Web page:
There was so much food, so there was no danger of going hungry. The cookery lesson plus all the food only cost is £12 each, which I think is really good value. I'm glad we opted to do this.

After we'd finished our food, we said goodbye to the cookery group and headed back to our hotel. We had paid an extension charge on our hotel room so we could keep the room all day. It saved having to check out before we left for our cookery lesson , and also meant that we could chill out in our room for the rest of the afternoon and use the Internet if we needed to.

I started to get a bit of a headache so had a couple of hours sleep to try and get rid of it, while Stu could sort out some of his photos.

We met up with the others at 6:30pm in the lobby, and we had a bus come and pick us up from the hotel. This was taking us to the train station, from where we would get our overnight train to Shenzhen (the border city from where we get into Hong Kong). The bus was already nearly full up with Chinese passengers, so most of us couldn't sit together. It also stopped a few times along the way to pick some more passengers. There were no seats left so the conductor got out some plastic stools and put them down the centre isle - they must have been uncomfortable as it took a good ninety minutes to get to the train station. (Stu note: Ricky had actually phoned up the bus company to have a public bus service re-route itself past our hotel!).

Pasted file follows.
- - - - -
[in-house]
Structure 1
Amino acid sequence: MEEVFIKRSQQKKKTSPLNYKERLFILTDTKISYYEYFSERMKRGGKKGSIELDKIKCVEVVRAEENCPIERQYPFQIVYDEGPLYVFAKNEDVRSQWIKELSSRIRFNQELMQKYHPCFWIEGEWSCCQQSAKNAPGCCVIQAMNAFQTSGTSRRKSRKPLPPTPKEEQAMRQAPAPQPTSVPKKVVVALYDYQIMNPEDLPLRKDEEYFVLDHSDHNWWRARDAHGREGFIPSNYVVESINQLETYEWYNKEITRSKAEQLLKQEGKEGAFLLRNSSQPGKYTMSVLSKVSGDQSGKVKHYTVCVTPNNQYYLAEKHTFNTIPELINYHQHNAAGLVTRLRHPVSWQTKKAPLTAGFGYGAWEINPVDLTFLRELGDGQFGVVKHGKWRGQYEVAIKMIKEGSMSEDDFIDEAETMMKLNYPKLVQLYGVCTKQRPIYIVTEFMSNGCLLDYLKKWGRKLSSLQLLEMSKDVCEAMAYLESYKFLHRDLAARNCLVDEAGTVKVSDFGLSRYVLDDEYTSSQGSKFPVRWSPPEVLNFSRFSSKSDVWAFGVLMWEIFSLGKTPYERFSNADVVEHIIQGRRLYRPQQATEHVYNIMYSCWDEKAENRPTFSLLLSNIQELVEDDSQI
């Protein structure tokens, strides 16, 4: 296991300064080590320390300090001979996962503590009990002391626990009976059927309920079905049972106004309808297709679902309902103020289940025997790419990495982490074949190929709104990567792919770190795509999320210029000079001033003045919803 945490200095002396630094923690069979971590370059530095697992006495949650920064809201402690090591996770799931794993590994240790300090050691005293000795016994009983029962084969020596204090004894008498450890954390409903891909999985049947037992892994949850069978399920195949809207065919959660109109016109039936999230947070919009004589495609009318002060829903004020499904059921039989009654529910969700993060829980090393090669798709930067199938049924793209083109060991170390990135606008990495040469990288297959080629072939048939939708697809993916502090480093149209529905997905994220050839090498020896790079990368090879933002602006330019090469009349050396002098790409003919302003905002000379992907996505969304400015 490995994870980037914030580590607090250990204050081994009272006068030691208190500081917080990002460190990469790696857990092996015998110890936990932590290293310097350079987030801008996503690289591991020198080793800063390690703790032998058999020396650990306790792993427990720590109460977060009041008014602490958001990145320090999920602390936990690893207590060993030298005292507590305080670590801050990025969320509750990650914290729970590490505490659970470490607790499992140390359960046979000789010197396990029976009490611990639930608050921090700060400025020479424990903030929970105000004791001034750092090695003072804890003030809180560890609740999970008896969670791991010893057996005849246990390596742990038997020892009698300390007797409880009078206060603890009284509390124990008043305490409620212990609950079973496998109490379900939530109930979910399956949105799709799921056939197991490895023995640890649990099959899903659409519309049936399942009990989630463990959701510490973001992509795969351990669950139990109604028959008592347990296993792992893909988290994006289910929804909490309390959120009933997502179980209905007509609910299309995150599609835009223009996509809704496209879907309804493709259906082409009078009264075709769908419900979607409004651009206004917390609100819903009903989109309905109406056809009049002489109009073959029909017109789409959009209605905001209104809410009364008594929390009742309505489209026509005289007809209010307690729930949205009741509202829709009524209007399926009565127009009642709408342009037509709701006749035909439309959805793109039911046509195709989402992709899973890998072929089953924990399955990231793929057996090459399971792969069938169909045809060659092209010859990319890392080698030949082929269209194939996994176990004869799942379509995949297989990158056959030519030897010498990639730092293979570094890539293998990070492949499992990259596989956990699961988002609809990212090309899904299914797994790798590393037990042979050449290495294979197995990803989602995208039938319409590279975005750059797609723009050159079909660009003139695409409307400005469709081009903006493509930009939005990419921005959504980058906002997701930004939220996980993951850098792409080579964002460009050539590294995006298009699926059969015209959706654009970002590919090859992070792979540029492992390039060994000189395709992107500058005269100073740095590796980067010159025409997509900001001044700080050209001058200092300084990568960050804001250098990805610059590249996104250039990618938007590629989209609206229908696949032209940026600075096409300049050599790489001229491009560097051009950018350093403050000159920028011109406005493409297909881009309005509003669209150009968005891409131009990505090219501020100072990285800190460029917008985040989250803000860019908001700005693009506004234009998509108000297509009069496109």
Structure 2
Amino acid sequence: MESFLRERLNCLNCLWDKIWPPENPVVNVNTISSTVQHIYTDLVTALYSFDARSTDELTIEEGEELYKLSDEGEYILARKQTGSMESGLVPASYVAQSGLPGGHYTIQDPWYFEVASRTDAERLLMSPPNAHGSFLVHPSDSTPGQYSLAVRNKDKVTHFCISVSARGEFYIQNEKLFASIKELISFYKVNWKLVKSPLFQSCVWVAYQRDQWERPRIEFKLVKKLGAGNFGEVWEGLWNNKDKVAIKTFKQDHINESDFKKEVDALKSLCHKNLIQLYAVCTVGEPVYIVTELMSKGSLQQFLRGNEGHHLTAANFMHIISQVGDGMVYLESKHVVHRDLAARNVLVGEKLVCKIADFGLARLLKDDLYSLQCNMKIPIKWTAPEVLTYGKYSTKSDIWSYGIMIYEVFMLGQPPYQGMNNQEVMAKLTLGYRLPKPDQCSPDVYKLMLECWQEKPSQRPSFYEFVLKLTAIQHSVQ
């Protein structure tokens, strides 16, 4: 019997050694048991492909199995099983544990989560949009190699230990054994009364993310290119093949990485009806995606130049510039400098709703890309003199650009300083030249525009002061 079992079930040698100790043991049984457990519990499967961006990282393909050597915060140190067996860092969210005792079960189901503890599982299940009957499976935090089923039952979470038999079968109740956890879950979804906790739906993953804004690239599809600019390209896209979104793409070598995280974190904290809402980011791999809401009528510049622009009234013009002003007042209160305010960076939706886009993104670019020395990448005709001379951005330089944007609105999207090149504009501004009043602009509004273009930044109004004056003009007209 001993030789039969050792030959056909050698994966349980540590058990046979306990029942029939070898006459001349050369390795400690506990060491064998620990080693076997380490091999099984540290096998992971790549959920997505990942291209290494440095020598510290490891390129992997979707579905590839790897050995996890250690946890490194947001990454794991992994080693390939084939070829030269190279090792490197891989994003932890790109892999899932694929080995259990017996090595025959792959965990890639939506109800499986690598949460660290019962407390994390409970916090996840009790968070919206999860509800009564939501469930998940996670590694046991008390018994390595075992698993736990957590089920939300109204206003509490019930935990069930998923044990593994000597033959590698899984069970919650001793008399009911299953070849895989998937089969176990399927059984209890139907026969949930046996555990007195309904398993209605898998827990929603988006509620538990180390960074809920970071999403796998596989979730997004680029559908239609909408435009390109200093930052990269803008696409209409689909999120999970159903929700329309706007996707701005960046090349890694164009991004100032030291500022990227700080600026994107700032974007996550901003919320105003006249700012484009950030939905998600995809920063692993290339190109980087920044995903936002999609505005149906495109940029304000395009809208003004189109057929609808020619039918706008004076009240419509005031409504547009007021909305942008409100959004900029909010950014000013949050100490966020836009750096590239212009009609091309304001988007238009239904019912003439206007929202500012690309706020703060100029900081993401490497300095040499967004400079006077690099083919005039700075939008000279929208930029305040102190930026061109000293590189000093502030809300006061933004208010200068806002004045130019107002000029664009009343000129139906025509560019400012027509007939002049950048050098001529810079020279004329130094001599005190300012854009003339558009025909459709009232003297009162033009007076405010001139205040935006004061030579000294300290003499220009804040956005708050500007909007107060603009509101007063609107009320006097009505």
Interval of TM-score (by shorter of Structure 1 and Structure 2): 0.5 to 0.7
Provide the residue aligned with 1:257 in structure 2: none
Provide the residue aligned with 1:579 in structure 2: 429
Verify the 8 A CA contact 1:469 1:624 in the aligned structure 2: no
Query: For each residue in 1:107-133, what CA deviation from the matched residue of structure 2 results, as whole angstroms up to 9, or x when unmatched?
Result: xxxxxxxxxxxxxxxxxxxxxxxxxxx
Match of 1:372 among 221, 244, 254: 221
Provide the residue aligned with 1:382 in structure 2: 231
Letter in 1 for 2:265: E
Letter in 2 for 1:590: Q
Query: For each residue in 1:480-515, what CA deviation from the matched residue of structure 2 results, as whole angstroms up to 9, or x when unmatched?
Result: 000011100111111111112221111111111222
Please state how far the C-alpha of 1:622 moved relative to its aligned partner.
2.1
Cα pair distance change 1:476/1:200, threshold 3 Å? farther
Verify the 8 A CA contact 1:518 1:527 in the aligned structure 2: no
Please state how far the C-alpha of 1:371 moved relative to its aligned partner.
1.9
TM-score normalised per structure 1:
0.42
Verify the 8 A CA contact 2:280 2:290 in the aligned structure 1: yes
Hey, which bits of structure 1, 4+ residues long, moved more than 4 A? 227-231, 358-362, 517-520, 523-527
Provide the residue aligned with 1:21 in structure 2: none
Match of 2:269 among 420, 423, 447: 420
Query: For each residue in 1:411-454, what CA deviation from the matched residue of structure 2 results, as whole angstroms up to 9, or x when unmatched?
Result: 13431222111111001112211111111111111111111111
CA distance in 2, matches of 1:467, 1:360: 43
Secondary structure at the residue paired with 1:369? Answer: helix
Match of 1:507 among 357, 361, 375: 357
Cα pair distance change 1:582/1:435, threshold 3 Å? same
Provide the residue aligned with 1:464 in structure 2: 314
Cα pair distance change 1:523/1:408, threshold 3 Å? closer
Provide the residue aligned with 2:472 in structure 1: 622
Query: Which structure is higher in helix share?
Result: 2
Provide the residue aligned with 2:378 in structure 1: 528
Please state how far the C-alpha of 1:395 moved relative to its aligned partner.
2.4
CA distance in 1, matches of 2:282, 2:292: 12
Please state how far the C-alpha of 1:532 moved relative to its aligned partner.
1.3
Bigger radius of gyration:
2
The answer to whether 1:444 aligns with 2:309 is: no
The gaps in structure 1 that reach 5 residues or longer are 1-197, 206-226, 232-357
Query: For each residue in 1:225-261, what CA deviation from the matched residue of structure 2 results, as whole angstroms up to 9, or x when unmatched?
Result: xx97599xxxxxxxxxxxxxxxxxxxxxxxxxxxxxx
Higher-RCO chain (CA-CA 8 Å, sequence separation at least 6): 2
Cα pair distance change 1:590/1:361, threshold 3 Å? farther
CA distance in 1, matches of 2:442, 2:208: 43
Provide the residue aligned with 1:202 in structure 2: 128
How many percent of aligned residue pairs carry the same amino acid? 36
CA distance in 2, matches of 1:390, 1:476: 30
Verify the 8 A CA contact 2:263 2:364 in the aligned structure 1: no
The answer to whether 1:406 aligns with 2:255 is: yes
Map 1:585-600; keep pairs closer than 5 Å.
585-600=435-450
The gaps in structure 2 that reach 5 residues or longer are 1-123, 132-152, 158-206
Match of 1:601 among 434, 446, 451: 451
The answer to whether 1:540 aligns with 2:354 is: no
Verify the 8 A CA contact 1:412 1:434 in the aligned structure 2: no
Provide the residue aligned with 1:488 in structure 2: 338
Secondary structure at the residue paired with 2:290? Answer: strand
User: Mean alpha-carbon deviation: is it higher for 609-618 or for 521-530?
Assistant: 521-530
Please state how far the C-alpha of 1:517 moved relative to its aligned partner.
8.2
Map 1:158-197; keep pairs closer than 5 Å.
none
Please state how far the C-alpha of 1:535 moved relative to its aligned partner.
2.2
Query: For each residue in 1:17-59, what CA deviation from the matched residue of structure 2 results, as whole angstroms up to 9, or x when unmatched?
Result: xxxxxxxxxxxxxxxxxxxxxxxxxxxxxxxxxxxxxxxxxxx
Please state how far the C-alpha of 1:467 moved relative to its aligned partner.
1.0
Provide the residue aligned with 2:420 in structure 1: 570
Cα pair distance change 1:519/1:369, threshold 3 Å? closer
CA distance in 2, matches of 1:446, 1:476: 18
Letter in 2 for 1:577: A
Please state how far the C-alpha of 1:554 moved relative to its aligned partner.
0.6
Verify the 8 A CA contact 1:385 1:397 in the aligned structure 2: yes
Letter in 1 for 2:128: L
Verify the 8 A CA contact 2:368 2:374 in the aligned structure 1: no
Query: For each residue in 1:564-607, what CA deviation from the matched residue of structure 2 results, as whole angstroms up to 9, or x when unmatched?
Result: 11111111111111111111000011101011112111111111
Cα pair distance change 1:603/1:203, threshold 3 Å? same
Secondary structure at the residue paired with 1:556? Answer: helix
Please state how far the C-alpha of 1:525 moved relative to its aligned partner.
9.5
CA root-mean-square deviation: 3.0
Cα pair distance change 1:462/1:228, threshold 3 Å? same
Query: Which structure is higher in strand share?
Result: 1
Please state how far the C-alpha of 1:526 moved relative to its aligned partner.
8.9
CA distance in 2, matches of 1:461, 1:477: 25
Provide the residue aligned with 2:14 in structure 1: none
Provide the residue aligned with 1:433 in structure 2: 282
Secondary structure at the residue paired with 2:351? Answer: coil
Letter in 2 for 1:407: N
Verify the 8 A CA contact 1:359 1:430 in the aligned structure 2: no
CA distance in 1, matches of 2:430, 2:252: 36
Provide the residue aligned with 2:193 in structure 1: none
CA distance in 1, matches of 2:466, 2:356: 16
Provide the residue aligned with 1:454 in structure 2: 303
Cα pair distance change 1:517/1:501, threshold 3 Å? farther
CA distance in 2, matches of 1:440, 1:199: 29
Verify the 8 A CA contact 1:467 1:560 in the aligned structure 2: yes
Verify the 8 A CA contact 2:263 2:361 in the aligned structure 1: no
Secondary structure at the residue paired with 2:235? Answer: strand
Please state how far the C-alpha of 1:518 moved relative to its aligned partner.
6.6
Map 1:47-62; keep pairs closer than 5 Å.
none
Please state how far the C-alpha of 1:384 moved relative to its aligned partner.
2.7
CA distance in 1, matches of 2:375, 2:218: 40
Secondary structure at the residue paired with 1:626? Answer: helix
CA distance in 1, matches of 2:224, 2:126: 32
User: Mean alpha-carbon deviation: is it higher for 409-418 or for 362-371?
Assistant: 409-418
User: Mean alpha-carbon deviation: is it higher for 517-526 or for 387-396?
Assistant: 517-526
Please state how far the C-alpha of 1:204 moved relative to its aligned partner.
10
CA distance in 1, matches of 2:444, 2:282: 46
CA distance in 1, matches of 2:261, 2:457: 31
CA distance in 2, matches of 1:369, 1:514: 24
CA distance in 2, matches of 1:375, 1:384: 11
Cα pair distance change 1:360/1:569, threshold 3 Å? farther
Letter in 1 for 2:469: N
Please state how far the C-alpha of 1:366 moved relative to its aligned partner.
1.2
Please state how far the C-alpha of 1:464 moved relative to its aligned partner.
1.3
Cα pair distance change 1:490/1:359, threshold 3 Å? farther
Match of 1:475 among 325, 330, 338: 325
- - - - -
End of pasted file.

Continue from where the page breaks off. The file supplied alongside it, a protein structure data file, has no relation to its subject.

It wasn't too much of a long wait at the station to get our train. The train itself also looked a lot newer than the other trains we had been on, so it seemed a lot cleaner too and less noisy.

Stu put on Iron Man 2 from his laptop and we all sat around on the bottom bunks to watch it. I laid on the middle bunk to watch it though so everyone could fit in, but I didn't stay until the end of the film as my headache still hadn't shifted and I needed to go to bed.